Thursday, 16 February 2017

Episode 3. Does the Yeti really exist?

The only Yeti we managed to spot were the expedition's three Outdoor models – all built at ŠKODA’s assembly plant in Aurangabad in central western India. 

All were standard production models but had the optional Rough-Road package fitted. The package – which is available to all YETI Outdoor buyers, not just mountain adventurers – consists of a thermoplastic cover for the engine and transmission, a plastic cover for the fuel and brake lines, the reinforced brake fluid distribution system and the hand-brake cable. All models were also equipped with a space-saver spare wheel, although no punctures were suffered during the 680-km journey.

Known to locals around Merak as Migoi, the yeti has been a part of Bhutanese, Nepalese and Tibetan folklore for more than three centuries. Although the early Himalayan people are believed to have worshipped a ‘glacier being’, the first documented reports of a mountain-dwelling bipedal creature in Western culture didn’t appear until the early 19th century.
As Western mountaineers embarked on Himalayan climbs in the 1920s, reported sightings became more frequent, with a number of respected explorers claiming to have seen a mysterious mountain beast.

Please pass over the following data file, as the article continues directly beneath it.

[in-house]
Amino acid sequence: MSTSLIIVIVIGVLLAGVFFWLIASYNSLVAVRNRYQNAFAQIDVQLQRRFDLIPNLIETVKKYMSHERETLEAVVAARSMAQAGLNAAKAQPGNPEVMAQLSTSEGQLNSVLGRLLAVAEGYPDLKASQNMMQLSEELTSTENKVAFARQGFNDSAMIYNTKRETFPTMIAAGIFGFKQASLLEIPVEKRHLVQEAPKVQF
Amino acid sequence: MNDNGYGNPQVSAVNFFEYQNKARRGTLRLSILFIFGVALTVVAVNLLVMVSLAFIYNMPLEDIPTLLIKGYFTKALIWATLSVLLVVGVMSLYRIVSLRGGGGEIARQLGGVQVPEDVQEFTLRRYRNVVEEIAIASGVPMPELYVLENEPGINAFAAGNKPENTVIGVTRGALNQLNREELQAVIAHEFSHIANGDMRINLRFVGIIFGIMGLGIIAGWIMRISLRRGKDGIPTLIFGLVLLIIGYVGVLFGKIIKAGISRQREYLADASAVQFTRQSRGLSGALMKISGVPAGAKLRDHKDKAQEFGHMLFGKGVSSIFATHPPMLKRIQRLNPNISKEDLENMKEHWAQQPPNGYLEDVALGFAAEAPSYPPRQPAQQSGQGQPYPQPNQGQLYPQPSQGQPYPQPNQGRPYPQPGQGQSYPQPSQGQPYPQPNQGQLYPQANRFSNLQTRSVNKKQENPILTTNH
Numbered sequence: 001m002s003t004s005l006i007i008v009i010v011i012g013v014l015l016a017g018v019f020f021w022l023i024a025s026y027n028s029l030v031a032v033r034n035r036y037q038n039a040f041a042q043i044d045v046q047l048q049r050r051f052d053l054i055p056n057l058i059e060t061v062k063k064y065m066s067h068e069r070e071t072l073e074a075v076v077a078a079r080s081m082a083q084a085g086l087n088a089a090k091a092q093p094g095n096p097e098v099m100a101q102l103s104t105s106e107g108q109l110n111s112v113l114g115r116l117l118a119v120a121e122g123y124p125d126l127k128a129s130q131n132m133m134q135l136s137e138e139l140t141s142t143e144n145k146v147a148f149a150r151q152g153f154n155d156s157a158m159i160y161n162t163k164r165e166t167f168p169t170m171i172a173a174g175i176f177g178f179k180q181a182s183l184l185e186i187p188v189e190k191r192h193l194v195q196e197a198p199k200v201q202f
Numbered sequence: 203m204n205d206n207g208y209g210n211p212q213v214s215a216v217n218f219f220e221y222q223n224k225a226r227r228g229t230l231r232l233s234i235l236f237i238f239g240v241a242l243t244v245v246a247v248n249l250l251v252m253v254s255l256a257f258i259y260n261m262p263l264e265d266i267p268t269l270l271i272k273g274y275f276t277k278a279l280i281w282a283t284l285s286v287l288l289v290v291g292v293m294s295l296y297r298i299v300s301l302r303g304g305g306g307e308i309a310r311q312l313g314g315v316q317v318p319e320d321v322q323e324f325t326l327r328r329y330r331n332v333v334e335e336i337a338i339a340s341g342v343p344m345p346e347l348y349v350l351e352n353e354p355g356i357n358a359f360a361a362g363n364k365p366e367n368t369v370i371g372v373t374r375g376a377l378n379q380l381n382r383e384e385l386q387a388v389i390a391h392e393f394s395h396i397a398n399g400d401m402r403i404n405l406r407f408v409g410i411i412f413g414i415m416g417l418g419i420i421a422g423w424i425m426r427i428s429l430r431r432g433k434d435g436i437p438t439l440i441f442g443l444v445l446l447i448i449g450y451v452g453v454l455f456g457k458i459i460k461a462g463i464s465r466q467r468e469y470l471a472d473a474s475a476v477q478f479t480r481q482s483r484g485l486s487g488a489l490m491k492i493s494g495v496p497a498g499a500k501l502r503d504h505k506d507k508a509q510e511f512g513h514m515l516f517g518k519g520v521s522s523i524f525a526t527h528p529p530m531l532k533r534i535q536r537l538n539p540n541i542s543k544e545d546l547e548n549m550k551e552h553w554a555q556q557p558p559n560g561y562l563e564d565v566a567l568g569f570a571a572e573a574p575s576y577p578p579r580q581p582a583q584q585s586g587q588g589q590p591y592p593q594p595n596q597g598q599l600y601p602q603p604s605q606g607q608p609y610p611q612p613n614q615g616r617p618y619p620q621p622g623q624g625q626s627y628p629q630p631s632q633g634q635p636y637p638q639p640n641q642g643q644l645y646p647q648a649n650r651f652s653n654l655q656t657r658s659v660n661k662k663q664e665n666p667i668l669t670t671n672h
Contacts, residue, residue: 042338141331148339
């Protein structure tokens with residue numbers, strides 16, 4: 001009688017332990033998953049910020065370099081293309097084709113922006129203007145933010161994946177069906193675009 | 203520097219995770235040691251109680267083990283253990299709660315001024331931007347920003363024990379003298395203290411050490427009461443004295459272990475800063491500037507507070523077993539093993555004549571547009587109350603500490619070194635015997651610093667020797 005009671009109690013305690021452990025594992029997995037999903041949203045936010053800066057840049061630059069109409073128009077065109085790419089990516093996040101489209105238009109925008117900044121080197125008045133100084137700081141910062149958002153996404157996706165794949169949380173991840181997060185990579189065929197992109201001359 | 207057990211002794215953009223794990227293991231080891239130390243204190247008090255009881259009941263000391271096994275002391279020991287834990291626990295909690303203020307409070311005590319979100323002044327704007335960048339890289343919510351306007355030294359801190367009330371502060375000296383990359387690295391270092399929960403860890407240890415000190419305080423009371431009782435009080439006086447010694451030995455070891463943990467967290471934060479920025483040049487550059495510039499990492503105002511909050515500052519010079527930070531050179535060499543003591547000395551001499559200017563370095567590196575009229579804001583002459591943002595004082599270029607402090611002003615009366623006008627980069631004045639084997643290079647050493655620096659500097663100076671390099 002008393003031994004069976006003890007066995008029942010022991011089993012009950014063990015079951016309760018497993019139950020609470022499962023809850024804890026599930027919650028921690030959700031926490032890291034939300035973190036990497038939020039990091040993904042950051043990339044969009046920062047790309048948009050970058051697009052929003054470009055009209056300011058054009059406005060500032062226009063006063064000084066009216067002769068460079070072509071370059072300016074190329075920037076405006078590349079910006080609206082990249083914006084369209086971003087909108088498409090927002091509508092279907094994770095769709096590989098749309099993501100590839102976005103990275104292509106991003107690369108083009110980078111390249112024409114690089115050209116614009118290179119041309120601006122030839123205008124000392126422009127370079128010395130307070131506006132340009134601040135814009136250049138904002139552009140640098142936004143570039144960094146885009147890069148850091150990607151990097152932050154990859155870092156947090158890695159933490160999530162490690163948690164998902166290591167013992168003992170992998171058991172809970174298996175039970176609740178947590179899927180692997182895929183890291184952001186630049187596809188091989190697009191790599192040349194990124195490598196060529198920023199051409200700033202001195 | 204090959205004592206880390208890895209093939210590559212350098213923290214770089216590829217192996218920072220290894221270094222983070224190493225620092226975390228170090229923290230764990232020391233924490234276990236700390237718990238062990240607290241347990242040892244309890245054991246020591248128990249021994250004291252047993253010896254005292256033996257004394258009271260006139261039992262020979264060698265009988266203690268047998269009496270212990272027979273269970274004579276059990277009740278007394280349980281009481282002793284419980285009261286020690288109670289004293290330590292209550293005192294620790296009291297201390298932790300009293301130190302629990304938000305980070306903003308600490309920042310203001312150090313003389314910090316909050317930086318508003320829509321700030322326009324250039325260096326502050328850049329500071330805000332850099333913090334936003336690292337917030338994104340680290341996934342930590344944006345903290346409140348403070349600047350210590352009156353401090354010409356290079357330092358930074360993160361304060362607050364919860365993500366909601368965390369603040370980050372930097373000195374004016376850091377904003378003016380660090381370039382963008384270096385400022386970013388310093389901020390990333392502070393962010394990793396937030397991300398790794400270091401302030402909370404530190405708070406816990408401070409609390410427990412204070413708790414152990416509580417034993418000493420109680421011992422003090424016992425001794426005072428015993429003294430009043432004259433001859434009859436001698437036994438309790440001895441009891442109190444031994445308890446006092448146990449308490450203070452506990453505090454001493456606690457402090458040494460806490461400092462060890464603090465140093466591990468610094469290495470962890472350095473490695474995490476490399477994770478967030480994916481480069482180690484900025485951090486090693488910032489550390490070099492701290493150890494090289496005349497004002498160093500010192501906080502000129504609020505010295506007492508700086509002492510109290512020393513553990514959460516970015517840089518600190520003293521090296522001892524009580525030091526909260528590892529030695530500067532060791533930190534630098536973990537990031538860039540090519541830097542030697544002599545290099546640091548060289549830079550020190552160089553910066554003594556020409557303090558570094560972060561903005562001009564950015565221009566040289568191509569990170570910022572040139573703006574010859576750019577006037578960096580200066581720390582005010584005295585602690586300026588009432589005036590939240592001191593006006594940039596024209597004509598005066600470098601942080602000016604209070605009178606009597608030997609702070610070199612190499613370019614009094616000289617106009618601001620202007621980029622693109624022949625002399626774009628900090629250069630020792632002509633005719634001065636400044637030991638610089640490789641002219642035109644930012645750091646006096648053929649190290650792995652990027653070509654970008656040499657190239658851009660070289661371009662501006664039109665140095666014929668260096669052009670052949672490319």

By the 1950s, debate surrounding the yeti’s existence reached new heights with Sir Edmund Hillary and Tenzing Norgay reporting large, unexplained footprints in the snow. National newspapers across Europe funded large-scale yeti-finding expeditions as the story became headline news. In the 21st century, the emphasis moved towards scientific exploration, with various examples of older evidence tested for authenticity and a host of new explanations coming forward. The most recent research has been carried out by the universities of Oxford and Lausanne and concluded that although the existence of the yeti couldn’t be completely ruled out, the evidence suggested that the creature is likely to be a species of bear.

Thursday, 12 January 2017

Episode 2. Does the Yeti really exist?

The adventure begins in Delhi, India where the adventure team pack their kit into the
spacious boot of their YETIs and travel the short distance to the border with Bhutan.